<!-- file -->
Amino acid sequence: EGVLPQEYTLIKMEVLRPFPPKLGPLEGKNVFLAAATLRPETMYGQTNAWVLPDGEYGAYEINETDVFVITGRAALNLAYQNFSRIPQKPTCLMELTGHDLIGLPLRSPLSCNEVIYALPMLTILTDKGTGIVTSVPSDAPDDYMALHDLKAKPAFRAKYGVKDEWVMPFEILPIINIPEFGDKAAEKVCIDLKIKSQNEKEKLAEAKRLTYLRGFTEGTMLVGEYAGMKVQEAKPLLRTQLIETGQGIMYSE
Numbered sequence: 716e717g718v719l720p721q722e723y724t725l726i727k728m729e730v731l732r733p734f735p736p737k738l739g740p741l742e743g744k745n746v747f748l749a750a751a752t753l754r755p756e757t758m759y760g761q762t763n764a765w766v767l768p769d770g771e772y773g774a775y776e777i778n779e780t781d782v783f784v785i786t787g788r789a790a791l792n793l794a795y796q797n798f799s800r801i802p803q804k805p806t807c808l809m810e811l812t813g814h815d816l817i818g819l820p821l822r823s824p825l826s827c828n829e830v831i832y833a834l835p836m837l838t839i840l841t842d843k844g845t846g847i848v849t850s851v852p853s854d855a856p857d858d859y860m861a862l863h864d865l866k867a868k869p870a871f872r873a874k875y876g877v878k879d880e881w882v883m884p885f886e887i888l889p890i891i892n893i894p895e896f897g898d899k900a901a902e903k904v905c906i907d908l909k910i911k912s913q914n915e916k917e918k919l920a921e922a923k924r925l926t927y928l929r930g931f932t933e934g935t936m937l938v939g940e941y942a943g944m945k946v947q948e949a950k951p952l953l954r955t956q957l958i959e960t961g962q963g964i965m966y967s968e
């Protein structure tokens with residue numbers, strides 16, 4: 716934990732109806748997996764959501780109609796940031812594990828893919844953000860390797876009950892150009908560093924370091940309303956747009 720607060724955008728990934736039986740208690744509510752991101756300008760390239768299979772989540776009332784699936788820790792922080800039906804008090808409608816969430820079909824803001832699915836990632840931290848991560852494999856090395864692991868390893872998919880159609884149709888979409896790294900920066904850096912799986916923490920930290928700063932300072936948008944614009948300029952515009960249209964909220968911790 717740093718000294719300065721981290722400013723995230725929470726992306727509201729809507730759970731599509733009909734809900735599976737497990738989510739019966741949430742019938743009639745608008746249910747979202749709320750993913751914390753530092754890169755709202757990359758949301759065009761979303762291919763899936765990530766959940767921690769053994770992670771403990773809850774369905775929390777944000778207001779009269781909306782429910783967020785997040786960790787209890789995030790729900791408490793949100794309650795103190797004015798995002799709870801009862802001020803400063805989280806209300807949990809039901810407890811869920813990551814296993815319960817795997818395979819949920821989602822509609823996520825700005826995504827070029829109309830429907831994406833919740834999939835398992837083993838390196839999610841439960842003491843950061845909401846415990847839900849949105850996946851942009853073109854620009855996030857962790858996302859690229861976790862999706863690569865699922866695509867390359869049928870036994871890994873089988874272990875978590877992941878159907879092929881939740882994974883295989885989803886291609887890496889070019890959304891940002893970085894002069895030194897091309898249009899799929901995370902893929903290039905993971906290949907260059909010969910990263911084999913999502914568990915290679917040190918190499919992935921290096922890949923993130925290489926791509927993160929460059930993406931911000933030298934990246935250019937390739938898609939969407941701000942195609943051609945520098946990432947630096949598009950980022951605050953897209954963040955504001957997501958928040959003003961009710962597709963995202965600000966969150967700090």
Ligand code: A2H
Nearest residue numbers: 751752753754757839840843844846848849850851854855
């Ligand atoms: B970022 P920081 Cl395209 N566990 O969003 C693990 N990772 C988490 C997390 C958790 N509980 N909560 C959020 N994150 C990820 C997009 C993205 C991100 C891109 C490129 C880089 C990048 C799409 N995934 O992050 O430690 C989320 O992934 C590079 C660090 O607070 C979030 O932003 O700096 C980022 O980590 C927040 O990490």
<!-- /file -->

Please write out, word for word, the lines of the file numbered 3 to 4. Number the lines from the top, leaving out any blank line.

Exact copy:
């Protein structure tokens with residue numbers, strides 16, 4: 716934990732109806748997996764959501780109609796940031812594990828893919844953000860390797876009950892150009908560093924370091940309303956747009 720607060724955008728990934736039986740208690744509510752991101756300008760390239768299979772989540776009332784699936788820790792922080800039906804008090808409608816969430820079909824803001832699915836990632840931290848991560852494999856090395864692991868390893872998919880159609884149709888979409896790294900920066904850096912799986916923490920930290928700063932300072936948008944614009948300029952515009960249209964909220968911790 717740093718000294719300065721981290722400013723995230725929470726992306727509201729809507730759970731599509733009909734809900735599976737497990738989510739019966741949430742019938743009639745608008746249910747979202749709320750993913751914390753530092754890169755709202757990359758949301759065009761979303762291919763899936765990530766959940767921690769053994770992670771403990773809850774369905775929390777944000778207001779009269781909306782429910783967020785997040786960790787209890789995030790729900791408490793949100794309650795103190797004015798995002799709870801009862802001020803400063805989280806209300807949990809039901810407890811869920813990551814296993815319960817795997818395979819949920821989602822509609823996520825700005826995504827070029829109309830429907831994406833919740834999939835398992837083993838390196839999610841439960842003491843950061845909401846415990847839900849949105850996946851942009853073109854620009855996030857962790858996302859690229861976790862999706863690569865699922866695509867390359869049928870036994871890994873089988874272990875978590877992941878159907879092929881939740882994974883295989885989803886291609887890496889070019890959304891940002893970085894002069895030194897091309898249009899799929901995370902893929903290039905993971906290949907260059909010969910990263911084999913999502914568990915290679917040190918190499919992935921290096922890949923993130925290489926791509927993160929460059930993406931911000933030298934990246935250019937390739938898609939969407941701000942195609943051609945520098946990432947630096949598009950980022951605050953897209954963040955504001957997501958928040959003003961009710962597709963995202965600000966969150967700090």
Ligand code: A2H